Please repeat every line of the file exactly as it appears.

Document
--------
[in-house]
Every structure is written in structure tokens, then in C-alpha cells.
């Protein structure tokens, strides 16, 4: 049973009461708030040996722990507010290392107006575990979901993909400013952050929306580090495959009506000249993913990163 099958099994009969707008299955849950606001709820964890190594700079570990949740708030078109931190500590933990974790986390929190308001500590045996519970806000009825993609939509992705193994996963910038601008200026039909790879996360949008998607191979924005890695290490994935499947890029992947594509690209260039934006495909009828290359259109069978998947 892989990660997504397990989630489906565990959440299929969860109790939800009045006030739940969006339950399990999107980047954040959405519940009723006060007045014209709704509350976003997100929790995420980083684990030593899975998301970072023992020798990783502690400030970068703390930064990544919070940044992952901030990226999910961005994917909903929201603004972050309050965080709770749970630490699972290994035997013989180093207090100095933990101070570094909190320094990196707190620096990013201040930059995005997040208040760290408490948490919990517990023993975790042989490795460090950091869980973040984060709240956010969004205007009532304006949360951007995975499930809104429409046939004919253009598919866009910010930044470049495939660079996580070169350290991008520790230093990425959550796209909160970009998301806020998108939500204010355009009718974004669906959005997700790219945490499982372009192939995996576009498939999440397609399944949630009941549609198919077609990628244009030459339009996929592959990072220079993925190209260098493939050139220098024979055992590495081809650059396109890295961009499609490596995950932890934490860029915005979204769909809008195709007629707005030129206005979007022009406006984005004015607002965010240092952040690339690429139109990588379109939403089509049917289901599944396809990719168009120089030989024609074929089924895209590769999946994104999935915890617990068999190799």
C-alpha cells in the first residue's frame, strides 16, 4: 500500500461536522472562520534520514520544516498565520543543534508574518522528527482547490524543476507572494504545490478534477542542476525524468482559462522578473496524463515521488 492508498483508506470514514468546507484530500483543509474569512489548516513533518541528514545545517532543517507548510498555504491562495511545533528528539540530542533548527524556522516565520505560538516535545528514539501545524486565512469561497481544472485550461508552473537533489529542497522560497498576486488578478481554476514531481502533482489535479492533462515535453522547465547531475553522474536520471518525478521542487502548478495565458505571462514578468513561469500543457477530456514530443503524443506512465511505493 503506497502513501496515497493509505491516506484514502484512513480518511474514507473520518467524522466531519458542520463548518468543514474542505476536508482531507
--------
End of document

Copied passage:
[in-house]
Every structure is written in structure tokens, then in C-alpha cells.
């Protein structure tokens, strides 16, 4: 049973009461708030040996722990507010290392107006575990979901993909400013952050929306580090495959009506000249993913990163 099958099994009969707008299955849950606001709820964890190594700079570990949740708030078109931190500590933990974790986390929190308001500590045996519970806000009825993609939509992705193994996963910038601008200026039909790879996360949008998607191979924005890695290490994935499947890029992947594509690209260039934006495909009828290359259109069978998947 892989990660997504397990989630489906565990959440299929969860109790939800009045006030739940969006339950399990999107980047954040959405519940009723006060007045014209709704509350976003997100929790995420980083684990030593899975998301970072023992020798990783502690400030970068703390930064990544919070940044992952901030990226999910961005994917909903929201603004972050309050965080709770749970630490699972290994035997013989180093207090100095933990101070570094909190320094990196707190620096990013201040930059995005997040208040760290408490948490919990517990023993975790042989490795460090950091869980973040984060709240956010969004205007009532304006949360951007995975499930809104429409046939004919253009598919866009910010930044470049495939660079996580070169350290991008520790230093990425959550796209909160970009998301806020998108939500204010355009009718974004669906959005997700790219945490499982372009192939995996576009498939999440397609399944949630009941549609198919077609990628244009030459339009996929592959990072220079993925190209260098493939050139220098024979055992590495081809650059396109890295961009499609490596995950932890934490860029915005979204769909809008195709007629707005030129206005979007022009406006984005004015607002965010240092952040690339690429139109990588379109939403089509049917289901599944396809990719168009120089030989024609074929089924895209590769999946994104999935915890617990068999190799």
C-alpha cells in the first residue's frame, strides 16, 4: 500500500461536522472562520534520514520544516498565520543543534508574518522528527482547490524543476507572494504545490478534477542542476525524468482559462522578473496524463515521488 492508498483508506470514514468546507484530500483543509474569512489548516513533518541528514545545517532543517507548510498555504491562495511545533528528539540530542533548527524556522516565520505560538516535545528514539501545524486565512469561497481544472485550461508552473537533489529542497522560497498576486488578478481554476514531481502533482489535479492533462515535453522547465547531475553522474536520471518525478521542487502548478495565458505571462514578468513561469500543457477530456514530443503524443506512465511505493 503506497502513501496515497493509505491516506484514502484512513480518511474514507473520518467524522466531519458542520463548518468543514474542505476536508482531507